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Successful Negotiation for Salary Raise - Case Study Example
Pages 8 (2008 words)
Linda D Tillman suggests in her philosophy of successful negotiation that "In negotiating assertively, each person should feel that she/he wins. Each person should get some of what he/she wants" (Tillman, 2007). …
It's a quiet convincing statement which refers to human nature where most of the times s/he inquires 'what's in it for me'' and is willing to get into details of the situation.
The case presented here is about asking my manager for increasing my salary. It's been almost two years that I have been part of the same organization on the same pay scale; however my job role has changed multiple times, mostly increasing the job responsibilities.
Such duration was viable enough to prove my value as being part of the organization and fight the case.
In the current scenario, I had an upper hand as recently my coworker resigned, leaving his share of job responsibilities upon my shoulder. Earlier I was managing just a single product line but now another one has been added, making my job role tougher claiming double the time and efforts. I was the only resource my boss had left in retail function, having the set of expertise and experience as I had. If at this point in time I leave, my boss would be left with loads to handle all by himself. Hiring another resource was always an option but as per the regressive interviewing process, it would have taken minimum of three months for hiring adding another three months for trainings and blending in of the new resource.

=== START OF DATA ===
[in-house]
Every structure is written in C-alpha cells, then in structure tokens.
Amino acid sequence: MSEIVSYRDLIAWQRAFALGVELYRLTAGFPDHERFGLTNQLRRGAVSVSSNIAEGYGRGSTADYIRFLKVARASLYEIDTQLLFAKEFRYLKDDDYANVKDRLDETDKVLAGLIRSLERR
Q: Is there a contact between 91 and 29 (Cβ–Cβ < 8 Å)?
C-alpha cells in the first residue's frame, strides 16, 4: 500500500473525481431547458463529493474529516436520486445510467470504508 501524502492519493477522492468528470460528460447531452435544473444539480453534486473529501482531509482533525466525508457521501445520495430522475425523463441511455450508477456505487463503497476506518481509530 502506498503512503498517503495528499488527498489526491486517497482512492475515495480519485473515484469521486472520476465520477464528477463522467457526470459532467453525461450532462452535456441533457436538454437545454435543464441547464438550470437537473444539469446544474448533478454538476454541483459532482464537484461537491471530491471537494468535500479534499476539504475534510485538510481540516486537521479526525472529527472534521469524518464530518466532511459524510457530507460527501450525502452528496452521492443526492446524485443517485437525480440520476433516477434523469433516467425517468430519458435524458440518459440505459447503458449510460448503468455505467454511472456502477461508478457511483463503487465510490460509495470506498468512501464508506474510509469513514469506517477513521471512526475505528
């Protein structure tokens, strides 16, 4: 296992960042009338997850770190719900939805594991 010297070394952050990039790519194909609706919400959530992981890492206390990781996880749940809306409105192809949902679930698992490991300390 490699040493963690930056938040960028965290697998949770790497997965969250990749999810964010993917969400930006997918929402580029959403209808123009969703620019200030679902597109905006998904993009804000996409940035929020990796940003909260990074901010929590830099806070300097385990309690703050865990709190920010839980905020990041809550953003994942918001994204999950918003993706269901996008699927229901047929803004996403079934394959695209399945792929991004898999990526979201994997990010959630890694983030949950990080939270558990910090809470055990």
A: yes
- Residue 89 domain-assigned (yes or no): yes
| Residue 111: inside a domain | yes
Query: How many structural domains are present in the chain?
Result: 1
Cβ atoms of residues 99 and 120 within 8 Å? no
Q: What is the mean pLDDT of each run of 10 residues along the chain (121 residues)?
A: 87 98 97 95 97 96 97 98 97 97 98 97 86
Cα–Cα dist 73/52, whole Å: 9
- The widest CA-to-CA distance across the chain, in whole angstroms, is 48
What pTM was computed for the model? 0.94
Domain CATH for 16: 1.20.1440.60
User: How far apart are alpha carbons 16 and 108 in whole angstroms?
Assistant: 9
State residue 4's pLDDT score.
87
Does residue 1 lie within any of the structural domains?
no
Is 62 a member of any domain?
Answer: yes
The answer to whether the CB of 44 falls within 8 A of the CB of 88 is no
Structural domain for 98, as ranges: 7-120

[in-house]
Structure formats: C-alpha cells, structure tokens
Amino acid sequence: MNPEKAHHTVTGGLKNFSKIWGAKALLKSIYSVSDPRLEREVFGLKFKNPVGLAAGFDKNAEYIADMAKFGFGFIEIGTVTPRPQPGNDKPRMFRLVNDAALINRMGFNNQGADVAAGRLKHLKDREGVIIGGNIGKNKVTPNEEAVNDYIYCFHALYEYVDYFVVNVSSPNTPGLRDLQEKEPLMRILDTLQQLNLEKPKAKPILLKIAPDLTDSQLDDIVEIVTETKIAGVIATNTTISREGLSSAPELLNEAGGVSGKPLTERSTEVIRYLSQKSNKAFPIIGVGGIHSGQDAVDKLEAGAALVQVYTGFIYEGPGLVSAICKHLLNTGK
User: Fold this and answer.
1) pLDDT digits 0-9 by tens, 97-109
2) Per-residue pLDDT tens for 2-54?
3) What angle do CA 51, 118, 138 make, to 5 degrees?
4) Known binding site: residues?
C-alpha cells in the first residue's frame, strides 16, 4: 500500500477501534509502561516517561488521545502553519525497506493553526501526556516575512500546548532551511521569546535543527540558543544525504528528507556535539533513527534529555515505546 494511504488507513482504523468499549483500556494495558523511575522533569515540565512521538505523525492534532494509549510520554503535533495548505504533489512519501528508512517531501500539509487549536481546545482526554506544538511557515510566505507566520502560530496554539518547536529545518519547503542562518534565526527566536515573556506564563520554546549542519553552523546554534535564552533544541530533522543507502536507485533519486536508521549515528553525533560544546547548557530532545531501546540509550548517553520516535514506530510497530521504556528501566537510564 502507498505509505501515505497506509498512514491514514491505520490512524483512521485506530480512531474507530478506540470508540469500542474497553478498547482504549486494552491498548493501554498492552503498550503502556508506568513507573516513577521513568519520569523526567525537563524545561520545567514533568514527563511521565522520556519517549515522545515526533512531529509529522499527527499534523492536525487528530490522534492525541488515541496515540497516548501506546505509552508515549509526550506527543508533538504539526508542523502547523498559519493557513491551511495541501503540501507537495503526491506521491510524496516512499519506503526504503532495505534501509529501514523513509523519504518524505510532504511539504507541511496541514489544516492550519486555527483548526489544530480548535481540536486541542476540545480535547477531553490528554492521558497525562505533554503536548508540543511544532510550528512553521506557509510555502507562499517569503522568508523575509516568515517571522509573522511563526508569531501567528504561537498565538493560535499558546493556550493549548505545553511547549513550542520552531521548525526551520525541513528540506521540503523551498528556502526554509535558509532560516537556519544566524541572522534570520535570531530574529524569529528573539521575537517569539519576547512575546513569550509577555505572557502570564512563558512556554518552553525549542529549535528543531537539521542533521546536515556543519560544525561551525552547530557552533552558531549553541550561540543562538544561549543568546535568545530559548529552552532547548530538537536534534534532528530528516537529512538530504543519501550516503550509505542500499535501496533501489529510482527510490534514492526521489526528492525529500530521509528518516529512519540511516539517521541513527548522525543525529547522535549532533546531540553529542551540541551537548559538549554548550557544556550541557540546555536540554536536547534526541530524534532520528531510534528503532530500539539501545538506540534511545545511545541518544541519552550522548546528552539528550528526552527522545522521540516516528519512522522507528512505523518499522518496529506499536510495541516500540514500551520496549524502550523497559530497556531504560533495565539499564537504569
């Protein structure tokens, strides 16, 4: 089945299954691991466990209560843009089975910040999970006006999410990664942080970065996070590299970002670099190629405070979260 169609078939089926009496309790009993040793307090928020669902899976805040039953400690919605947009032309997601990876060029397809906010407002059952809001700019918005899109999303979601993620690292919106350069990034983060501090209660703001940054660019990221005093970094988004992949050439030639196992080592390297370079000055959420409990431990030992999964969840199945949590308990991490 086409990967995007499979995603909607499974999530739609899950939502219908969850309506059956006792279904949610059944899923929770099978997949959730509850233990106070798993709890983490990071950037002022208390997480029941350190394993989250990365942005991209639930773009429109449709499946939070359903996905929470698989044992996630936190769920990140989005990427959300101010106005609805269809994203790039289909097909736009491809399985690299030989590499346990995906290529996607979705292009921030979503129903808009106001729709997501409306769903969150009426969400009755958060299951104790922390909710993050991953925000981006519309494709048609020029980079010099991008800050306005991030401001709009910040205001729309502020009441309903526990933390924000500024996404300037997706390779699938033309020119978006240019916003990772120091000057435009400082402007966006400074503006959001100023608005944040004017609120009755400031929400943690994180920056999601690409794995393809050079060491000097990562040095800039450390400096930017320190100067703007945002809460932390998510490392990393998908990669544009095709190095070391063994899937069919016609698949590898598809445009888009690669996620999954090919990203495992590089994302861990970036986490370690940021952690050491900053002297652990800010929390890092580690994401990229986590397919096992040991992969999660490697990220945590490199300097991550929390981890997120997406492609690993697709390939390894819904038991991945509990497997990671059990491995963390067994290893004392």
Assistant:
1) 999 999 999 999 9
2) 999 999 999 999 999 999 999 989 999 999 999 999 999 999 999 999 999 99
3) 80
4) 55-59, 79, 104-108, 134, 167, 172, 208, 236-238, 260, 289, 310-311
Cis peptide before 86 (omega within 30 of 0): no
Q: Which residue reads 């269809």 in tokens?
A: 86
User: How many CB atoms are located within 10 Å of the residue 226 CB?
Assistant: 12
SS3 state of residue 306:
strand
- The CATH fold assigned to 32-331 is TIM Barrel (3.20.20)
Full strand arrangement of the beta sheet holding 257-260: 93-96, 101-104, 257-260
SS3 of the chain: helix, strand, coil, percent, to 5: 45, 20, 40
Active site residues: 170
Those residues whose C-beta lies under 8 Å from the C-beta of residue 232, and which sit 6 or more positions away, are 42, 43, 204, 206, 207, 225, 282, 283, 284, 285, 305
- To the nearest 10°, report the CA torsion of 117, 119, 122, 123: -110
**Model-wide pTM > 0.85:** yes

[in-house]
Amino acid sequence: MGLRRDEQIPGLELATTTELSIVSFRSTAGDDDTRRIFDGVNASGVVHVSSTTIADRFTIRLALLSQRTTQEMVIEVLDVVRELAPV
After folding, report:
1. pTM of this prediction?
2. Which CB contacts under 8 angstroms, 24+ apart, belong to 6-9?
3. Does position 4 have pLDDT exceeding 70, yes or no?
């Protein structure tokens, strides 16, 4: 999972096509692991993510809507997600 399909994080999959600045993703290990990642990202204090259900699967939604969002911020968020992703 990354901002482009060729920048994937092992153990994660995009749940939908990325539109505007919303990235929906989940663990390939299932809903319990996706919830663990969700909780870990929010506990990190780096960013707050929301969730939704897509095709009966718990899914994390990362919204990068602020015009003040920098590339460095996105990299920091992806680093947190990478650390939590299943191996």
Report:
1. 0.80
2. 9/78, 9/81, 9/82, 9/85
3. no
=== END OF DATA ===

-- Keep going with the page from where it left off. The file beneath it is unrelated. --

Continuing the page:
The key here was to present my significance to the organization, specifically to my manager making him believe that I deserve more then what I am getting right now based on my capability of committing to extra amount of work., whereas saving their cost which will be incurred over hiring of the new resource. This did require careful measures, such that I don't look too assertive, giving an impression of over-ambition, nor too timid showing desperation.
I was demanding 40% increase over my current gross salary ...
Not exactly what